Cioppino (pronounced “chee-oh-PEE-noh”) is an Italian-American dish, likened to the various regional fish soups and stews of the Old Country; however, it’s not actually an off-the-boat traditional Italian. Cioppino itself hails from… San Francisco!
Often served at Christmas time, cioppino is an easy-to-make dish and even easier to customize for various food allergies, as you’ll see. We had a shrimp allergy in our midst, so that ingredient was cooked separately with many of the same flavors as the stew to conceal the fact that it had been cooked in a separate pan away from the smorgasbord of seasonings. If you have gluten free and non-gluten free friends and family, cooking the pasta separately is a cinch and will not compromise the delicious flavors for any of your guests.
Here’s another little secret. Cioppino calls for mussels, clams, and in some recipes, calamari, none of which I know how to cook, nor were they easy to find in the hubbub of preparation, so these items were conveniently left out of our dish:) I’ve included these succulent seafoods in the recipe for those of you who are epicurean masters.
As you can tell from my tale of preparing this one for my family, and as with all the dishes you’ll find on the website, the trick is to use the recipe as a guidepost and tailor to your own tastes. Have fun and make the dish your own!
1/2 cup butter
1 medium onion, diced
2 medium cloves garlic, minced
1 bunch fresh parsley leaves, minced
1 bay leaf
2 tablespoons fresh basil leaves (2 1/2 tablespoons if dried)
1/4 teaspoon thyme leaves (1/2 teaspoon if dried)
1/4 teaspoon oregano leaves(1/2 teaspoon if dried)
1 teaspoon sea salt
1 teaspoon black pepper
2 (14.5-ounce) cans diced tomatoes (juice and all)
1 1/2 cups dry white wine
1 1/2 cups chicken or vegetable broth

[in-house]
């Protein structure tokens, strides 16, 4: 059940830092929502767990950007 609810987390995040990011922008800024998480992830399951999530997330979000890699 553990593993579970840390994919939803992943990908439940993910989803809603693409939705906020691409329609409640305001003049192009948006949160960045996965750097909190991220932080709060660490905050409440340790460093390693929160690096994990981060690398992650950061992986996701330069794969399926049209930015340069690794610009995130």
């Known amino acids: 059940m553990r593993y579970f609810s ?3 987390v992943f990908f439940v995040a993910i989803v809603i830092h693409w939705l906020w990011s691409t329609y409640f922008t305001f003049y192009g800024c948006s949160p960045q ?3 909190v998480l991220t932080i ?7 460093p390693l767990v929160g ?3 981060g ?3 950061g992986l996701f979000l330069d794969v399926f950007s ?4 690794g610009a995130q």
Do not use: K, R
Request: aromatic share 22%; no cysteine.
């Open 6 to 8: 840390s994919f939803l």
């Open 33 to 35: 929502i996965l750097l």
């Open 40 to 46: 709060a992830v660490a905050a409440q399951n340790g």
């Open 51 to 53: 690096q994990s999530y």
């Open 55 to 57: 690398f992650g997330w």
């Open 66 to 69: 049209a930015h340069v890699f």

2 cups gluten free pasta (spaghetti noodles are my favorite)
1 1/2 pounds raw extra-large shrimp, peeled and deveined
1 1/2 pounds fish fillets (halibut, cod, tilapia or salmon; if tilapia, note: it cooks quickly and falls apart more easily, so add it later in the process)
1 1/2 pounds bay scallops
12 small hard-shell clams in shell
12 mussels in shell
Salt and freshly ground pepper to taste
For the Broth:
In a pan on medium-low heat, melt the butter.
Turn the heat up to medium, then add the onions, garlic and parsley. Stir occasionally to keep them from burning.
Let the onions and garlic start to brown.
Add the chicken or vegetable broth, tomatoes, wine, bay leaf, basil, thyme, oregano, salt and pepper.
Bring the dish to a boil, then reduce to a simmer for about 45 minutes, stirring occasionally.
If you’re doing the full-boat seafood version:
Scrub clams and mussels with a small stiff brush under cold running water; remove beards from mussels.
Discard any open clams or mussels.
Cover with cold salted water; let stand 5 minutes and then pour off the salted water.
For the pasta:
Begin to cook your pasta by bringing 3 cups of water to a boil and adding the pasta noodles.
Cook pasta until al dente. (You can tell it’s al dente, but taking a noodle, biting/cutting in half and seeing a wee little white dot in the middle, which is the uncooked part. You want to prevent the pasta from overcooking. It will cook a little more when you add it to the broth, so undercooking is favorable at this stage.)
Back to the Broth:
Gently stir in the clams, mussels, shrimp, scallops, and fish fillets into the prepared stock.
(If you have any food allergies, like we did, cook that seafood separately using butter, garlic and parsley.)
Cover and simmer 5 to 7 minutes until clams pop open and shrimp are opaque when cut.
Add the pasta into the stock, turn it off, and you’re done!